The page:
Eastern Europe meets the American West with klezmer concert

The New York City-based band, “The Klezmatics,” will bring Jewish folk music to the Center for the Arts on Thursday.
The Klezmatics will perform at the Center for the Arts as part of an event sponsored by the Jewish Community of Jackson Hole. (Photo courtesy of The Klezmatics)

by | Jan 17, 2023 | Local Music

 

International music continues to come to Jackson. “The Klezmatics” are performing at the Center for the Arts this Thursday and bringing the sounds of Jewish folk music with them.

The New York City-based band is often credited with revitalizing “klezmer,” a musical tradition of Central and Eastern European Ashkenazi Jews. Sometimes described as Jewish jazz, with a fiddle, clarinet and accordian, the music is frequently the backdrop for dancing and partying. 

I think that there’s a real effort to bring klezmer to younger people,” said Matt Dariau, the clarinetist and saxophonist for The Klezmatics.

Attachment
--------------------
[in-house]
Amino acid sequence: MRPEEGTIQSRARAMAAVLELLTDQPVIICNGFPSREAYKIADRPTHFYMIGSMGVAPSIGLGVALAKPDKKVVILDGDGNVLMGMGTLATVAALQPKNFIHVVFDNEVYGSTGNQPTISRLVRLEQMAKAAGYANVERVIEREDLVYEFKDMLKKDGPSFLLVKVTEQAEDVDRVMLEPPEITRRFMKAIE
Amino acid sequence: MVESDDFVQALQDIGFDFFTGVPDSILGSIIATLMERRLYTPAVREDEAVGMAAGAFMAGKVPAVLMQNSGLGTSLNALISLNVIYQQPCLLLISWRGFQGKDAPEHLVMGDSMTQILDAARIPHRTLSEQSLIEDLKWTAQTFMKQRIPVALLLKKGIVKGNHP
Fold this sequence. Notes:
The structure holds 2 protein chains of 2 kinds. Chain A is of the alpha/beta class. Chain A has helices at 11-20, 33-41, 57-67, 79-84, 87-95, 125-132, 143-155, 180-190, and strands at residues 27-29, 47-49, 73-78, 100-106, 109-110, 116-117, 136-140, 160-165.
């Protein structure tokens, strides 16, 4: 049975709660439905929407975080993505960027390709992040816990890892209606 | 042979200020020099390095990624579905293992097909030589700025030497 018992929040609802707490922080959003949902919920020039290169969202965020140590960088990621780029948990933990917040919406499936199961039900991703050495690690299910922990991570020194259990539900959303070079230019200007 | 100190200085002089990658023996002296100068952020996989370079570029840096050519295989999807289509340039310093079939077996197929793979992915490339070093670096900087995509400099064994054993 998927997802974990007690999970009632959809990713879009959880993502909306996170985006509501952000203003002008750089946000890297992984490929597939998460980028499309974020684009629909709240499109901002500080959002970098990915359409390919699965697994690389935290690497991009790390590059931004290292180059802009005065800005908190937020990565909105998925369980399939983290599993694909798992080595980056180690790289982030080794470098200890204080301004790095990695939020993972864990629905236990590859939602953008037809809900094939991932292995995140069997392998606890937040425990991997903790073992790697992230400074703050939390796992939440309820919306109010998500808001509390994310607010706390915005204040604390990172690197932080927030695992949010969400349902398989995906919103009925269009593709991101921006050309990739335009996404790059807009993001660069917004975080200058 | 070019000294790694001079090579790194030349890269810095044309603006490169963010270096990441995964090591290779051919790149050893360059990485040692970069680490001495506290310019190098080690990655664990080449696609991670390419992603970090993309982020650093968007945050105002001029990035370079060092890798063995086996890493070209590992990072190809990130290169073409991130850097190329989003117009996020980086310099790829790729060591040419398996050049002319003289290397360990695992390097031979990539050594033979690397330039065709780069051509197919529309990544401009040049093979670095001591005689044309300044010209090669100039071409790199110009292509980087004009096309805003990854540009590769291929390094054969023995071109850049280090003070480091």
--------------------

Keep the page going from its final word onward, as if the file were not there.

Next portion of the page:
The band has been producing music for more than 35 years and made its mark by incorporating sounds from other cultures into their music, including African and Baltic rhythms. The group won a Grammy in 2006 for “Wonder Wheel,” an album that put Woody Guthrie lyrics to music. 

Dariau said that there is a tradition in Jewish culture of being socially engaged. The band tries to stay true to that with modern interpretations of standard klezmer tunes. Their first album was titled “Shvaygn = Toyt,” which is Yiddish for “Silence = Death.”

“It was a rallying cry in the gay movement in the eighties for people to get active and get off your butt and be loud,” Dariau said. “[The slogan] was used also in World War II for activating a resistance to the Nazis.”

Band members will teach a masterclass for Jackson Hole middle and high school students on Thursday.  They’ll perform at the Center for the Arts at 8 p.m. Tickets are $18.

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About Emily Cohen

Emily has served as executive director of KHOL since June 2019. She has a background in ecological design and urban planning and has worked as a teacher on the US-Mexico border in Texas’ Rio Grande Valley, as a policy wonk in Washington, DC and as a land use planner in Wyoming. She enjoys getting away from the operations side of radio to produce original stories about arts and culture in Jackson.

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